Raft Frame Question - Mountain Buzz

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Old 05-07-2009   #1
Join Date: May 2009
Posts: 4
Raft Frame Question

Oops put this in the wrong forum first time around. We have a 14' self bailing raft we need some recommendations on a good expedtion style rowing frame, has anyone had any experience with the salmon river expedition made by cascade outfitters. We are obviously looking for quality and a good price. Thanks

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Old 05-07-2009   #2
rwhyman's Avatar
Unincorporated Douglas County, Colorado
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Doing a "raft frame" search would be a good start.
Karma is like this: If we set causes in motion the effects come back to us.
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Old 05-07-2009   #3
Westminster, Colorado
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I've never cared for raft frames with sides like that - you don't need to support the tubes like on a cat. My own bias is a flat frame with decks over the tubes and then sling a solid floor on which to pile gear - basically a slightly modified DRE rig (Down River Equipment)

Lots of options though, depending on what you want to do with it. Do you want a break down? How much will you carry? How do you rig?
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Old 05-07-2009   #4
Join Date: May 2009
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Basically it's going to be a gear hauler so at least a cooler and a drybox, I don't care much for the plywood floors our friends had one for their cat and it was heavy as sin. That was my concern as well with the cascade outfitters frame referenced above since it is steel not aluminum but it can carry two dryboxes and a cooler.
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Old 05-07-2009   #5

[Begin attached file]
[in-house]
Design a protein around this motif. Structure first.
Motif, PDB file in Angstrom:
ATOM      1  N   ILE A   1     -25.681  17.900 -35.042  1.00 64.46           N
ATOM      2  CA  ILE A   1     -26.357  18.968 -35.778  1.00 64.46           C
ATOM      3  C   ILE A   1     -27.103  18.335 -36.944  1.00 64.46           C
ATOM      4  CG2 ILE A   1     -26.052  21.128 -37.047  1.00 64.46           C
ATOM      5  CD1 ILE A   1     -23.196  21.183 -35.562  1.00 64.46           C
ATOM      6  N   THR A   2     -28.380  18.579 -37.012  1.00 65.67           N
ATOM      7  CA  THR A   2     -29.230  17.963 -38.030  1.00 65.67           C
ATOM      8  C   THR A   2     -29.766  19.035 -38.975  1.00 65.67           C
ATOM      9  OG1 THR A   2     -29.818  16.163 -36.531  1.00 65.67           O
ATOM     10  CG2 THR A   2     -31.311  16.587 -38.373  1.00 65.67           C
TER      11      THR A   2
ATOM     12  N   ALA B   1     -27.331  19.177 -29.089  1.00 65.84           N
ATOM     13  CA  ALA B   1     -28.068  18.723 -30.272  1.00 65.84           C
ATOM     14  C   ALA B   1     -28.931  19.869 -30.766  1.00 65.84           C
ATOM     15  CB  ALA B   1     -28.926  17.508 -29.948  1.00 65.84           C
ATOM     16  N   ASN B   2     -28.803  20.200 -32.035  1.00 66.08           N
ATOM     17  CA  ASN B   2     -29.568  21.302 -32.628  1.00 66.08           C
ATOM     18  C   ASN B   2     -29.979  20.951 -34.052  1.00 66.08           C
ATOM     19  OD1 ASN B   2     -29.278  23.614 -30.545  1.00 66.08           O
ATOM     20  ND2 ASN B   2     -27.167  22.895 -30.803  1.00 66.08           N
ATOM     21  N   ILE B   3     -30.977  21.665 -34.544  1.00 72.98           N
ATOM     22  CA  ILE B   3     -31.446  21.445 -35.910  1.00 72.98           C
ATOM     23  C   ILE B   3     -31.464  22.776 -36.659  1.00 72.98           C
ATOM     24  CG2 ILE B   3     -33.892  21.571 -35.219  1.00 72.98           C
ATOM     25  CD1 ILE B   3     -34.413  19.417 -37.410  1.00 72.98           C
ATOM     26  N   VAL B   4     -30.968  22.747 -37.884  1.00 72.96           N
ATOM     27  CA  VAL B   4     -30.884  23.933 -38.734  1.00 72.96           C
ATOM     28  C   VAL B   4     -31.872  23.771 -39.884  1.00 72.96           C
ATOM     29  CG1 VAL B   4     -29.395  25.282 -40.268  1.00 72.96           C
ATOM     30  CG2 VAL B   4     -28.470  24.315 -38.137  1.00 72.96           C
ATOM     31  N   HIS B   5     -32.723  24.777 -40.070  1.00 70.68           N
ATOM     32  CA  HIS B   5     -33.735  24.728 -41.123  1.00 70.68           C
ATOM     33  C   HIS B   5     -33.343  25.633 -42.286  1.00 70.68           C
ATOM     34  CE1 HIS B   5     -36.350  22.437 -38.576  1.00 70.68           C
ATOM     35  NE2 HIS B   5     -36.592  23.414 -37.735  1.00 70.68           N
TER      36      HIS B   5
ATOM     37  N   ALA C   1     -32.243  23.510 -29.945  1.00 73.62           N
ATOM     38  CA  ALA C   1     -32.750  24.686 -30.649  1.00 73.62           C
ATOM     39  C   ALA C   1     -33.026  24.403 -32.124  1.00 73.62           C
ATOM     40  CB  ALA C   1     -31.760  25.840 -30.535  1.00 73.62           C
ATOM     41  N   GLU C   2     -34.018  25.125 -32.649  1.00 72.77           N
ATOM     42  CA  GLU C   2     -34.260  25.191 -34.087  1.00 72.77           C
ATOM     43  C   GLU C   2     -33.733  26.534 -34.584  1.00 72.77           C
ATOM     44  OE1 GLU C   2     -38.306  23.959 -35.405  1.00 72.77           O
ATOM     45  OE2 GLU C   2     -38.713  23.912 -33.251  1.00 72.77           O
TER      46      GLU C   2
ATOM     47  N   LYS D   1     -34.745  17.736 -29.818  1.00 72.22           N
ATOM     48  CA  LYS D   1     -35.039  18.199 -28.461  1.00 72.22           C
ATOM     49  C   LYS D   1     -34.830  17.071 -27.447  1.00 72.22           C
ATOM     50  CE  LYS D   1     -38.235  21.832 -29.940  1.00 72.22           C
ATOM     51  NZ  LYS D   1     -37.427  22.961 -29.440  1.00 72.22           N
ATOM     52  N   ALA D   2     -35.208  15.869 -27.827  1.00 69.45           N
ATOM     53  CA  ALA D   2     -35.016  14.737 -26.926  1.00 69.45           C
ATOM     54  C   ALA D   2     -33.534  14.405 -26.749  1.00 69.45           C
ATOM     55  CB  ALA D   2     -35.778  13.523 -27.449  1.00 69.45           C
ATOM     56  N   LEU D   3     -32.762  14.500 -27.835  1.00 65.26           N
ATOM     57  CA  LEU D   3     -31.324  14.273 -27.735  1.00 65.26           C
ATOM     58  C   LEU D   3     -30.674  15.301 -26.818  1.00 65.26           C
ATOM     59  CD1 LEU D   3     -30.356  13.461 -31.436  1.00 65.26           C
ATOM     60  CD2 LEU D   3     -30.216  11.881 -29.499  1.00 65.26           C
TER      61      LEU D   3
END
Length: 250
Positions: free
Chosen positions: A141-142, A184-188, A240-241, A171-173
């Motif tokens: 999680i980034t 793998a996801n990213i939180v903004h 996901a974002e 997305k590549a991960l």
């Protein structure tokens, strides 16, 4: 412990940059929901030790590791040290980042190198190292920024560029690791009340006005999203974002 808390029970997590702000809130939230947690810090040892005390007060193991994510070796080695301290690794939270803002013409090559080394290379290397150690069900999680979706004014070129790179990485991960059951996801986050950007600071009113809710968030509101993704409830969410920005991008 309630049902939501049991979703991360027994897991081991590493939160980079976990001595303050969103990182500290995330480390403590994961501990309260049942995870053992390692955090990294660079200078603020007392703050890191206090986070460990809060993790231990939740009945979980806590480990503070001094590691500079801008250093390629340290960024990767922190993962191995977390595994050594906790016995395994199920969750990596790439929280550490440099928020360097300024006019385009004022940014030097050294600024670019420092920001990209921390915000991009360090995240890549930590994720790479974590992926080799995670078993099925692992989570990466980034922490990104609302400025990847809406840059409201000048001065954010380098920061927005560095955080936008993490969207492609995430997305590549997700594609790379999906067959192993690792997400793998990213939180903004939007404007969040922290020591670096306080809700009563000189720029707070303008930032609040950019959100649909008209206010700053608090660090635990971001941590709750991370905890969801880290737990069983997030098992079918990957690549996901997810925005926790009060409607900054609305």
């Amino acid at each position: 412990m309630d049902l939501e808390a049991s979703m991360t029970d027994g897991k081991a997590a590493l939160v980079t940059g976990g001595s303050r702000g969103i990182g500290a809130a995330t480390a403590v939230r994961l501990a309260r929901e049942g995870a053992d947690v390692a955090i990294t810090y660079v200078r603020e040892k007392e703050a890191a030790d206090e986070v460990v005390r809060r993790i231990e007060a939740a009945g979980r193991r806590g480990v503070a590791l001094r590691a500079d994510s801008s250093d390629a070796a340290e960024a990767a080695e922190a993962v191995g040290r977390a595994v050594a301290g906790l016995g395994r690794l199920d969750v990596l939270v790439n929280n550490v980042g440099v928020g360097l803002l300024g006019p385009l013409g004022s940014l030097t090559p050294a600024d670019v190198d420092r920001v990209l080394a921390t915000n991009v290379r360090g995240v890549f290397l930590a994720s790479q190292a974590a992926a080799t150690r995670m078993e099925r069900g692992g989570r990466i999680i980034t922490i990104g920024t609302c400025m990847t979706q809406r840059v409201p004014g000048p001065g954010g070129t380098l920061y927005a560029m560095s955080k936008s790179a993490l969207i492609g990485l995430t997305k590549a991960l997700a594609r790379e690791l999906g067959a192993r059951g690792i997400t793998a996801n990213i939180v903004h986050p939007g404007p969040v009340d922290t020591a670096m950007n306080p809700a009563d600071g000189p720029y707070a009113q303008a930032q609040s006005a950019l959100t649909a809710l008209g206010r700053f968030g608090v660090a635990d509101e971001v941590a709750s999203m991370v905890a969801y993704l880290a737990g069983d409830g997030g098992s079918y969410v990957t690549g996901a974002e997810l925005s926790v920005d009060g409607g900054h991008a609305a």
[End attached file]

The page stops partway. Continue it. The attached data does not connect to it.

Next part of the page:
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Durango, Colorado
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Can't go wrong with a DRE frame.

I am not sure what the advantage is of a solid floor. I use a canvas platform and it works fine. It keeps the heavy stuff off of the floor, but doesn't allow for any sharp object you might go over to push up against something solid that could rip the floor (more give). You can try to convince me otherwise. Plus they are usually heavy and bulky. I put my canvas platform in with my strap bag.
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Old 05-07-2009   #6
Walterville, Oregon
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Originally Posted by rivermanryan View Post
I am not sure what the advantage is of a solid floor.
No doubt a frame with a solid floor such as plywood or diamond plate is heavier and is harder to break down. On a big gear boat, the additional weight of a floor is minor compared to the load you are carrying. Most people don't think twice about a person riding in their boat or carrying 10 gallons of water, yet that heavy diamond plate is about 2 lbs/sqft.

I think solid floors offer two advantages in a gear hauling raft. It is easy to load a solid floor raft with all sorts of odd shaped and hard gear directly on the solid floor in lots of configurtions then strap over the top. During 20+ years of rafting, my gear has always changed, but my frame didn't need to. Also a solid floor is great for standing while rowing.
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Old 05-07-2009   #7
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loveland, Colorado